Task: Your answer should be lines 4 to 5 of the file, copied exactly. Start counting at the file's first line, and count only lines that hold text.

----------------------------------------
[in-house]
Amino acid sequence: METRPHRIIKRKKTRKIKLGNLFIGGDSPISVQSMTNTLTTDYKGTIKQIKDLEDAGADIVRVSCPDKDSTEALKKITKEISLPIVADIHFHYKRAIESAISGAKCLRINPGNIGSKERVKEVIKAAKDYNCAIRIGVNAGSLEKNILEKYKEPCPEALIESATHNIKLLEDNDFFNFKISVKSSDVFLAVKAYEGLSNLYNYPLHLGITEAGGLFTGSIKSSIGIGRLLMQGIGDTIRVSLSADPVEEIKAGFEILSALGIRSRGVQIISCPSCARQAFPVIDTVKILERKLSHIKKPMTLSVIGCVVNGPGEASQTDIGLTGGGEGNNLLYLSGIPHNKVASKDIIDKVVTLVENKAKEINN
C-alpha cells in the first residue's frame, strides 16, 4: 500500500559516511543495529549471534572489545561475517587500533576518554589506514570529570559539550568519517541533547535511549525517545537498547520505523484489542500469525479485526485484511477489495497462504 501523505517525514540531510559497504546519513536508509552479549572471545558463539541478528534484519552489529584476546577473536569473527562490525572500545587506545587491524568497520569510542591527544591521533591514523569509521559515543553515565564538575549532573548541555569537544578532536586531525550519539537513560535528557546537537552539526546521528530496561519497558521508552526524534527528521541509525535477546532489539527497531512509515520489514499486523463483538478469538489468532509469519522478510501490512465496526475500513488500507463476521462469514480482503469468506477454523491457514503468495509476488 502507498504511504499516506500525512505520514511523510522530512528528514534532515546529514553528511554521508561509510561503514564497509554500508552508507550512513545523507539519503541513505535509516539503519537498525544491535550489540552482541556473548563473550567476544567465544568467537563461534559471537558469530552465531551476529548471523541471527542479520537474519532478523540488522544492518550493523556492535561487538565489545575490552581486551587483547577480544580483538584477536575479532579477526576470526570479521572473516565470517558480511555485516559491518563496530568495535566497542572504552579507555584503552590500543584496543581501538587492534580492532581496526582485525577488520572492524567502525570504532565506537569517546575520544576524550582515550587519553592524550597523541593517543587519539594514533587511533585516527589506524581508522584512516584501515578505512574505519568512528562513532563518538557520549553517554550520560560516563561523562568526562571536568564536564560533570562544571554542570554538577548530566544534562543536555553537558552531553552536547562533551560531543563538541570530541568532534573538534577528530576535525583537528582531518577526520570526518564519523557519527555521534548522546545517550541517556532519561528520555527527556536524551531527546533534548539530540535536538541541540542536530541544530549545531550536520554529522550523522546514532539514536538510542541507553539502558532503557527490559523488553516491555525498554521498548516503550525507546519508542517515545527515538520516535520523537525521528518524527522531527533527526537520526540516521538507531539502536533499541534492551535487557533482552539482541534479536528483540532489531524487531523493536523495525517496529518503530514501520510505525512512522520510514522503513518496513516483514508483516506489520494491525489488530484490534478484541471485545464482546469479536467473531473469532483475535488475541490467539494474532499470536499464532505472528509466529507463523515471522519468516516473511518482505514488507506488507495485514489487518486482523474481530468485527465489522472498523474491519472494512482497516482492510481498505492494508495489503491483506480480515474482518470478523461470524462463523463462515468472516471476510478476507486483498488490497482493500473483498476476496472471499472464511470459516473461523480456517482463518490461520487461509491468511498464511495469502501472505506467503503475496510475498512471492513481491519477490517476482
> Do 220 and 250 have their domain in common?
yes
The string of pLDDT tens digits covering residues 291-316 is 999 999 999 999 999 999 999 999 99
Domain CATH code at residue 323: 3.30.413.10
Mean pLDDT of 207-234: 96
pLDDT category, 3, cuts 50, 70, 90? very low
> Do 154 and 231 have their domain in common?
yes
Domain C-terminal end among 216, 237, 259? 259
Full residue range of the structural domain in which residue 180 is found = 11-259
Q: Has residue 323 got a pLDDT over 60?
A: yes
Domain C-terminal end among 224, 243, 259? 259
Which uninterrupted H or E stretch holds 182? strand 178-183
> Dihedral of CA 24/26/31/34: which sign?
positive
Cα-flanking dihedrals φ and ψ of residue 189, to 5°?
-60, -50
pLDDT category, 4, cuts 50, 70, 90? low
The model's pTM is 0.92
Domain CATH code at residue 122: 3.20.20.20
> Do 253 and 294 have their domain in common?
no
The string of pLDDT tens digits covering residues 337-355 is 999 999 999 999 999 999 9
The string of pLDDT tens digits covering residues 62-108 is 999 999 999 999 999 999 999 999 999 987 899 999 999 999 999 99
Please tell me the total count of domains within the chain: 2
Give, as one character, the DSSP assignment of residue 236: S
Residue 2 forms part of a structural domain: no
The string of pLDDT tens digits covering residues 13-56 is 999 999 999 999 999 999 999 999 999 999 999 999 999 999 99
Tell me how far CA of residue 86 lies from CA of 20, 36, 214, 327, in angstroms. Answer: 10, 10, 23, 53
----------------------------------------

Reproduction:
> Do 220 and 250 have their domain in common?
yes